Sarkozy’s elitist actions hurt France
Published: Wednesday, September 29, 2010
Updated: Thursday, September 30, 2010 21:09
President Sarkozy announced early July that his government would enforce the expulsion of the Roma, a stateless, vagabond ethnic group originally from Romania and Bulgaria. While half of his incumbents support the move, forceful voices strongly oppose such vehement action, calling it xenophobic and paranoid, whereas France's supporters from abroad cry out disappointment.
In the 1960s and 1970s, France prided itself as one of the most multiethnic populations in Western Europe, welcoming immigrants from its former colonies from North Africa to southeast Asia. The glamour capital of the world, it sported cities such as Paris, Marseille, Lyon and the beautiful Riviera, flaunting an immense historical and cultural legacy that attracted millions each year.
However, political mismanagement and financial difficulties have transformed France's image, and its decline imposed the need for a strong charismatic leader such as Francois Sarkozy, France's own Obama.
Sarkozy's strong sense of national identity led him to dislike the foreign influence that had been infiltrating the country, calling first generation immigrants living in the suburbs "scum" and violently proclaiming against the European Union's open borders. Thus, he has directed this distaste on the relatively small, low-crime population of Roma living in camps, pricing 100 euros on a poor, uneducated child's head to "go back" to a state that is not really theirs.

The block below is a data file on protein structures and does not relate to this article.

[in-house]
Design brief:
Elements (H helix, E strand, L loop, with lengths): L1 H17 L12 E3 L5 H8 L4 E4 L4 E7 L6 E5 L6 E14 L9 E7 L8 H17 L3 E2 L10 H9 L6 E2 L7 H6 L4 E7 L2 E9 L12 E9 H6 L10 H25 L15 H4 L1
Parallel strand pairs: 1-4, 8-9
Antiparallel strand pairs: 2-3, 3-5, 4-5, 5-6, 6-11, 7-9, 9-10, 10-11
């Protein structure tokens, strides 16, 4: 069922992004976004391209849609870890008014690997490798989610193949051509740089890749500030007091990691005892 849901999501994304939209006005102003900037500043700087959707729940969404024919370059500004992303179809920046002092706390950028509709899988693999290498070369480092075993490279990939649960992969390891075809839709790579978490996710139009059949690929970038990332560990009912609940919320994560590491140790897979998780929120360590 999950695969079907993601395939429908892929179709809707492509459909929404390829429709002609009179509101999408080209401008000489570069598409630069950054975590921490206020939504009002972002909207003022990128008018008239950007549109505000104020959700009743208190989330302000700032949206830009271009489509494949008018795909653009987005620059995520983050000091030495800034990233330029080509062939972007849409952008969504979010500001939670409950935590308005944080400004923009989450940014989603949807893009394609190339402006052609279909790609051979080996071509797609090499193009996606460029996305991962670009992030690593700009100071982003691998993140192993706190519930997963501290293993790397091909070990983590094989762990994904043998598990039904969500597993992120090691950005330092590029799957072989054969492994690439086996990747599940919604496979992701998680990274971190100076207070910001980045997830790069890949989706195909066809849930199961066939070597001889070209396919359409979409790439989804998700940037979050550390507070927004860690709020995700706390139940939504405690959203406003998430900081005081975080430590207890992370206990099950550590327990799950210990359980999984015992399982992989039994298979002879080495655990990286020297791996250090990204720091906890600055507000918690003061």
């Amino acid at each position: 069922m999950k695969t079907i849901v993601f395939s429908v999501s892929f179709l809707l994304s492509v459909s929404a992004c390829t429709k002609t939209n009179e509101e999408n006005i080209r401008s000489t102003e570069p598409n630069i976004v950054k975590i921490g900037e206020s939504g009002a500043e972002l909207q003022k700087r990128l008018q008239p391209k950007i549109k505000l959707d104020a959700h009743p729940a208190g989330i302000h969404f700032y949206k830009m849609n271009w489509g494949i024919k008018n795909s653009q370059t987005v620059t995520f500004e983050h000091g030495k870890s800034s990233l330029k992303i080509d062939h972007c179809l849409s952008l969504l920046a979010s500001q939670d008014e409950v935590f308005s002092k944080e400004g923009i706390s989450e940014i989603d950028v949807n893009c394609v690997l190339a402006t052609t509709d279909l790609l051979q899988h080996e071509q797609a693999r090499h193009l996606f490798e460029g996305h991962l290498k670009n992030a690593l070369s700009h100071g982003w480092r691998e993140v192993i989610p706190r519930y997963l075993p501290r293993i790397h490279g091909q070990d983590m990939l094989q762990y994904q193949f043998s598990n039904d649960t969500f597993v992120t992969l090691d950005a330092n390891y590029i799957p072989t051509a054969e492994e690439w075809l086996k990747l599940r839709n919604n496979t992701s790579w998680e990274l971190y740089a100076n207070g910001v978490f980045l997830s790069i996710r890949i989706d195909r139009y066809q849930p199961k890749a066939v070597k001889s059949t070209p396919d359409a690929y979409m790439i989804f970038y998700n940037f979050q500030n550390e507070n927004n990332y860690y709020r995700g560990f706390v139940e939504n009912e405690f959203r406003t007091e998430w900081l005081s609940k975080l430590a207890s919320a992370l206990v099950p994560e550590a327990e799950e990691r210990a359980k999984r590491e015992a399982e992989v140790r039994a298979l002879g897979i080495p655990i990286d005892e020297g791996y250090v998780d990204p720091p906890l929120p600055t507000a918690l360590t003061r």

Sarkozy is afraid of the destruction of a culture that seems so precious: why should the Eiffel tower be demoted to shabby caravans and sprawling camp fires? He is hasty to rid France of people that have no education, no resources and, above all, that are not French.
Though the influx of immigrants may frighten governments due to poverty, assimilation and demographics, this has never been a French policy. Those who asked several thousands of immigrants to install themselves and rebuild a country destroyed by World War II are now turning their backs to those who may be desperately in need. This may be the first step in many. Who will be next? Those who have been living in cities for many generations, whose only fault is the absence of a French name?
By ordering the deportation of the Roma, may it be legal or not, humane or not, Sarkozy is not preserving identity: he is spoiling it. As a European country that is a step away from legalizing gay marriage, who puts women in government and has the best social security system in the world, this is failure.
France was once a maverick, putting out the first Declaration of Human Rights in the 1780s, overturning an absolutist and bloody monarchy, prizing direct democracy and a romantic revolution three hundred years ago. Today in 2010, we need such change once again.